Eye Inflammation (Blepharitis) in Cats

PetMD Editorial
By PetMD Editorial
Published: May 19, 2010

Blepharitis in Cats

Inflammation of the outer skin and middle (muscle, connective tissue, and glands) portions of the eyelids is medically referred to as blepharitis. This condition is also usually seen with the secondary inflammation of the inner surface of the eyelid (palpebral conjunctiva).

Symptoms and Types

  • Scaly, flaky skin near the eye
  • Intense itching, scratching of the eye
  • Watery, mucous or pus containing eye discharge
  • Edema and thickening of the eyelids
  • Abraded area(s) where the skin is torn or worn off (excoriation)
  • Loss of hair
  • Loss of skin pigmentation around affected area
  • Papule formation (a small inflamed elevation of skin without pus)
  • Pustule formation (a small inflamed elevation of skin with pus in it)
  • Concurrent conjunctivitis (inflammation of conjunctiva of the eye)
  • Inflammation of the cornea causing watery painful eyes and blurred vision (keratitis)


Congenital (born with)  

  • Eyelid abnormalities which may promote excessive rubbing, scratching, or moist dermatitis
  • Prominent nasal folds, trichiasis, and entropion (often seen in Persian and Himalyan cats)
  • Ectopic cilia
  • Inability to completely close the eyelids, or lagophthalmos (often seen in cat breed with short snouts or flat faces; i.e., Persian, Himalayan, Burmese cats)


  • Type I (immediate) — due to adverse food, inhalant, or insect bite reaction
  • Type II (cytotoxic) — pemphigus; pemphigoid; adverse drug reaction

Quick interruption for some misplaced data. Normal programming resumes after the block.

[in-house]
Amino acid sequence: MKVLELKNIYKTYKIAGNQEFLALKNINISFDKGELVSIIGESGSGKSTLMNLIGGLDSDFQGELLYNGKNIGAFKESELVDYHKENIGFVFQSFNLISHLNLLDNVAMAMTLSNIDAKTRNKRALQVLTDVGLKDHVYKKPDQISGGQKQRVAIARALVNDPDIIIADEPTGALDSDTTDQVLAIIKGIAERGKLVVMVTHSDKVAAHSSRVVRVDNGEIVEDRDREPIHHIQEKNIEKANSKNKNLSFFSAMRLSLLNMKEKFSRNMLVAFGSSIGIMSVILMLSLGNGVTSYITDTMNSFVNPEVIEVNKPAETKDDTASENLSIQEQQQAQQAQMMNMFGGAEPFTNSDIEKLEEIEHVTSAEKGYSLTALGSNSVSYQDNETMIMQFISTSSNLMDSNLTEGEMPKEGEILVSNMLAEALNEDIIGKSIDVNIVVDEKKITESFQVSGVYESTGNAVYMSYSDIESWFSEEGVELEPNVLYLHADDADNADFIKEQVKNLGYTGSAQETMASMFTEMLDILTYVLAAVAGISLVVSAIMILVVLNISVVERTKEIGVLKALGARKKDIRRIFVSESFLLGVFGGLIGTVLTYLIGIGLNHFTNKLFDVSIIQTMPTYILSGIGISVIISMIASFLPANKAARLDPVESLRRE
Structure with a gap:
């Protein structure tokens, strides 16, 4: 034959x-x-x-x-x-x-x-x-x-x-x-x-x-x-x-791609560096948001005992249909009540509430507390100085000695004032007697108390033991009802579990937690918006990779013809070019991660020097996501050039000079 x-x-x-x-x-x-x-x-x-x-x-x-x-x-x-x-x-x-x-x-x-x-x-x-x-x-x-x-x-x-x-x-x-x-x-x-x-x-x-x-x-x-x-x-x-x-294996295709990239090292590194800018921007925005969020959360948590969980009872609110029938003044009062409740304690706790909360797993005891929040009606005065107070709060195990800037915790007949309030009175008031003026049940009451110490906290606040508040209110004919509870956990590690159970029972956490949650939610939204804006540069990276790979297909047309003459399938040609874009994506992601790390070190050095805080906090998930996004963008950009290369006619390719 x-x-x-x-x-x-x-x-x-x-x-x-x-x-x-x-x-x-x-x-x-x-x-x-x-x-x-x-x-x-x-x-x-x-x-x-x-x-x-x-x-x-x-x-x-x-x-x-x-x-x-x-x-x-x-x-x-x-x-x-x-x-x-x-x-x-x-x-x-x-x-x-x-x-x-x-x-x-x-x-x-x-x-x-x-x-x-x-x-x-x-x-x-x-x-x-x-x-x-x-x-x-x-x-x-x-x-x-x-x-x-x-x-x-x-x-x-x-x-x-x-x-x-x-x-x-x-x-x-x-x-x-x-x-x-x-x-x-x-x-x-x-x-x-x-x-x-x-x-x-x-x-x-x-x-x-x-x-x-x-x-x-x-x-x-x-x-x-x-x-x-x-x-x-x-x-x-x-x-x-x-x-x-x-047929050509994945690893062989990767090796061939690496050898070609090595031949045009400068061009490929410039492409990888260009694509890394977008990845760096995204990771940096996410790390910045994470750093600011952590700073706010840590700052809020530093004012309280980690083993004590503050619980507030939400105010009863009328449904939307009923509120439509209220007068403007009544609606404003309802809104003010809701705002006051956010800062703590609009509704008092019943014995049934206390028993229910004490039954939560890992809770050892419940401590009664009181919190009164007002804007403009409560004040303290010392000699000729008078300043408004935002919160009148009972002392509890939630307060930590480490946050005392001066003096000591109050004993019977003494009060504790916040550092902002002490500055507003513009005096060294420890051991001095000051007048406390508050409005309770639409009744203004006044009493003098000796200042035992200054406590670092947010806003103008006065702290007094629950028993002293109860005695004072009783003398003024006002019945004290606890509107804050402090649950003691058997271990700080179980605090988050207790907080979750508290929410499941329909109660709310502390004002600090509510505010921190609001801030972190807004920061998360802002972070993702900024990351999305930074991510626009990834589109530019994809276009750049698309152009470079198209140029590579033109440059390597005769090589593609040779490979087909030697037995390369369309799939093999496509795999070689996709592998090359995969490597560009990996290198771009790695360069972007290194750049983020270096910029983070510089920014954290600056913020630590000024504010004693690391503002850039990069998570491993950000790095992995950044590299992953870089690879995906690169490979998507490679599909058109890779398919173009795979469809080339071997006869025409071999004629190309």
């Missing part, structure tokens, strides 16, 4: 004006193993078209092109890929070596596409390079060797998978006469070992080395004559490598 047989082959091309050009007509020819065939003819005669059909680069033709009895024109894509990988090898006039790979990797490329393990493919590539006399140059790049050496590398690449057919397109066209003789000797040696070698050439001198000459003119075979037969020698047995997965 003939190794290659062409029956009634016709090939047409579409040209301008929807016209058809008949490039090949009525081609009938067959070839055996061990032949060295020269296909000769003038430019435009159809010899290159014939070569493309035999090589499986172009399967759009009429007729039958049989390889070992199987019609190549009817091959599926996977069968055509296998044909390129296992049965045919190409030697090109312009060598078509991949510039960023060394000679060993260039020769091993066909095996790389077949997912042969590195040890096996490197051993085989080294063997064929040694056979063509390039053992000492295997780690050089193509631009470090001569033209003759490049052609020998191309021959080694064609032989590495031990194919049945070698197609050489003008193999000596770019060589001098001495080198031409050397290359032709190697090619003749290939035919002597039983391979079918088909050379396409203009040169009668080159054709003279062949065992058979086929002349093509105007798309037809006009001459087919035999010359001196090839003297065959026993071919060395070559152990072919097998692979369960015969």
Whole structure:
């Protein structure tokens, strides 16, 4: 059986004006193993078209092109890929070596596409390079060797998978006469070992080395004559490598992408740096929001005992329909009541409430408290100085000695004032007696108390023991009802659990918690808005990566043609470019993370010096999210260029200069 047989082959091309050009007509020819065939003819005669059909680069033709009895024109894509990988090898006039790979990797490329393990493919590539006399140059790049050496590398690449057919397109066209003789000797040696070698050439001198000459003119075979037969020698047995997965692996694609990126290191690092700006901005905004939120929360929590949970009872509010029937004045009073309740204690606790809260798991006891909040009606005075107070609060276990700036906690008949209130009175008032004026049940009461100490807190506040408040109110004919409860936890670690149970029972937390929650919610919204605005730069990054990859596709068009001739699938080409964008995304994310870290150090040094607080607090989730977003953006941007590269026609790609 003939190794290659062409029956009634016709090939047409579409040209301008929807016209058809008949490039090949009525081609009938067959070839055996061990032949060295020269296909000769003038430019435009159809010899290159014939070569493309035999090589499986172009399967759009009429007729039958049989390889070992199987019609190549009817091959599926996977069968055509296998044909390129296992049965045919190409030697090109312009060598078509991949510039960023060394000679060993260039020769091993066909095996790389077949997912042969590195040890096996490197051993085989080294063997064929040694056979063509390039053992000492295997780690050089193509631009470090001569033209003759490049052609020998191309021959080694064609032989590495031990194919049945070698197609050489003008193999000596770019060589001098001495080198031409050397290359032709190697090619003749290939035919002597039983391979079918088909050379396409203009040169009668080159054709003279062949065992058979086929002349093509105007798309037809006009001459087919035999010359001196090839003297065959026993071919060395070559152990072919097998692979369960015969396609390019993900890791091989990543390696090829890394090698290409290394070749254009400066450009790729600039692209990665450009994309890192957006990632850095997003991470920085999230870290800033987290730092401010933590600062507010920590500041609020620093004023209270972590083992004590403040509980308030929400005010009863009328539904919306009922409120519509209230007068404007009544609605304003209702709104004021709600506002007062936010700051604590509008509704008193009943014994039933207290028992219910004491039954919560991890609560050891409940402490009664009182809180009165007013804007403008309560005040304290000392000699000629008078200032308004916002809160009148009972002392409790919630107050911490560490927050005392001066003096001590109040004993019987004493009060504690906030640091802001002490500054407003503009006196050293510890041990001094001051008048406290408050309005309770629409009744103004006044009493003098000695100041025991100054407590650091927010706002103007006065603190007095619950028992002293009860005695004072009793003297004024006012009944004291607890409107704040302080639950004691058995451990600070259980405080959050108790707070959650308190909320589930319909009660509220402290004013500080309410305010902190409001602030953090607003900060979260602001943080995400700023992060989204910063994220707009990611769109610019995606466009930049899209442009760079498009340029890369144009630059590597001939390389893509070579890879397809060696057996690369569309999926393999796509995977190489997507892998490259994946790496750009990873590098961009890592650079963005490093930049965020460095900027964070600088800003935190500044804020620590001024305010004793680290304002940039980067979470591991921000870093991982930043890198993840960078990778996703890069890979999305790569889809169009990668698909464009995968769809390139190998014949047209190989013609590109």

• Type III (immune complex) — systemic lupus erythematosus; Staphylococcus hypersensitivity; adverse drug reaction
  • Type IV (cell mediated) — contact and flea bite hypersensitivity; adverse drug reaction


  • Staphylococcus
  • Streptococcus


  • Sebaceous adenomas and adenocarcinomas
  • Squamous cell carcinoma (white cats)
  • Mast cell


  • Traumatic injuries such as eyelid lacerations or chemical burns
  • Parasitic infections (e.g., demodicosis, sarcoptic mange, Cuterbra)
  • Viral infections (FHV-1)
  • Eye diseases (e.g., conjunctivitis, keratitis, dry eye)
  • Idiopathic (cause unknown)


You will need to give your veterinarian a thorough history of the cat’s health, including the onset and nature of the symptoms and possible incidents that might have precipitated this condition. He or she will then perform a complete physical examination as well as a biochemistry profile, urinalysis, and complete blood count. Although their results are typically non-specific, they may reveal valuable information if a systemic disease is present. In particular, an eye exam may help determine the severity of the condition and the degree of involvement of the eye.

Your veterinarian may collect sample from the affected ocular area (or surrounding skin) to identify the causative microorganism, if present. These samples can be cultured to grow the bacteria, parasites, or fungus. A Schirmer tear test is also frequently conducted to determine whether the eye produces enough tears to keep it moist or not. And if a food allergy is suspected to be the cause, further testing may be required to identify the food allergen.


The course of treatment will depend ultimately on the underlying cause of the disease. In cases of self-trauma, for example, your veterinarian may recommend the use of an Elizabethan collar (cone). More severe cases, on the other hand, may require medication and/or surgery. And in cases of food allergy, the food allergen must be identified and eliminated from the diet.

Living and Management

The overall prognosis of cats with blepharitis depends on the underlying cause. Some cats respond well, whereas in others, a “cure” is not possible. If antibiotics are prescribed, you should notice an improvement in your cat within three weeks. However, consult your veterinarian before you stop cease providing medication to your cat. This may help prevent an unnecessary relapse. In addition, follow the veterinarian's therapeutic and diet diet plan accordingly.

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